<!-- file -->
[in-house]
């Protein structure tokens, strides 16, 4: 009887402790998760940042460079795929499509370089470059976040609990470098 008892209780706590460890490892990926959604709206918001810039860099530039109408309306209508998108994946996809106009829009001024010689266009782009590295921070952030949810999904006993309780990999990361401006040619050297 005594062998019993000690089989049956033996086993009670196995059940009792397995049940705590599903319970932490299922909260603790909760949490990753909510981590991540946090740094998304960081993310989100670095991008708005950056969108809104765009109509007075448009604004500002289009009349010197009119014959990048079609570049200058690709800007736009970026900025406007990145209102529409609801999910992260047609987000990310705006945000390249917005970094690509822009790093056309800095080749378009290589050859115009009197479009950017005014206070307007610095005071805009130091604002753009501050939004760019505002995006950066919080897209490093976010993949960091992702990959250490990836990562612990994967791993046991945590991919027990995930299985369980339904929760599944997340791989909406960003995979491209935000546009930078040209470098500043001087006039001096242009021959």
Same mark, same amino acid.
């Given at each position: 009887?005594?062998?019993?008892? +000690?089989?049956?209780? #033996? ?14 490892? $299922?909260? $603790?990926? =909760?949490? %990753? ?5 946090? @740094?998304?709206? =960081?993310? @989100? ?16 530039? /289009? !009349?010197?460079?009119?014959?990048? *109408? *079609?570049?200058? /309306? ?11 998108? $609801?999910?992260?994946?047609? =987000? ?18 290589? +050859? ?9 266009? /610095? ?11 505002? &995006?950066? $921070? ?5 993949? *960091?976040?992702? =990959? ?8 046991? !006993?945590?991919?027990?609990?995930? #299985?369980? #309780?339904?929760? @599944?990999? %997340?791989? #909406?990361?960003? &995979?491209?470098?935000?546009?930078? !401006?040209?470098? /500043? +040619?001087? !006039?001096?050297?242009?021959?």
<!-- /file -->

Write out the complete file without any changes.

[in-house]
């Protein structure tokens, strides 16, 4: 009887402790998760940042460079795929499509370089470059976040609990470098 008892209780706590460890490892990926959604709206918001810039860099530039109408309306209508998108994946996809106009829009001024010689266009782009590295921070952030949810999904006993309780990999990361401006040619050297 005594062998019993000690089989049956033996086993009670196995059940009792397995049940705590599903319970932490299922909260603790909760949490990753909510981590991540946090740094998304960081993310989100670095991008708005950056969108809104765009109509007075448009604004500002289009009349010197009119014959990048079609570049200058690709800007736009970026900025406007990145209102529409609801999910992260047609987000990310705006945000390249917005970094690509822009790093056309800095080749378009290589050859115009009197479009950017005014206070307007610095005071805009130091604002753009501050939004760019505002995006950066919080897209490093976010993949960091992702990959250490990836990562612990994967791993046991945590991919027990995930299985369980339904929760599944997340791989909406960003995979491209935000546009930078040209470098500043001087006039001096242009021959």
Same mark, same amino acid.
């Given at each position: 009887?005594?062998?019993?008892? +000690?089989?049956?209780? #033996? ?14 490892? $299922?909260? $603790?990926? =909760?949490? %990753? ?5 946090? @740094?998304?709206? =960081?993310? @989100? ?16 530039? /289009? !009349?010197?460079?009119?014959?990048? *109408? *079609?570049?200058? /309306? ?11 998108? $609801?999910?992260?994946?047609? =987000? ?18 290589? +050859? ?9 266009? /610095? ?11 505002? &995006?950066? $921070? ?5 993949? *960091?976040?992702? =990959? ?8 046991? !006993?945590?991919?027990?609990?995930? #299985?369980? #309780?339904?929760? @599944?990999? %997340?791989? #909406?990361?960003? &995979?491209?470098?935000?546009?930078? !401006?040209?470098? /500043? +040619?001087? !006039?001096?050297?242009?021959?």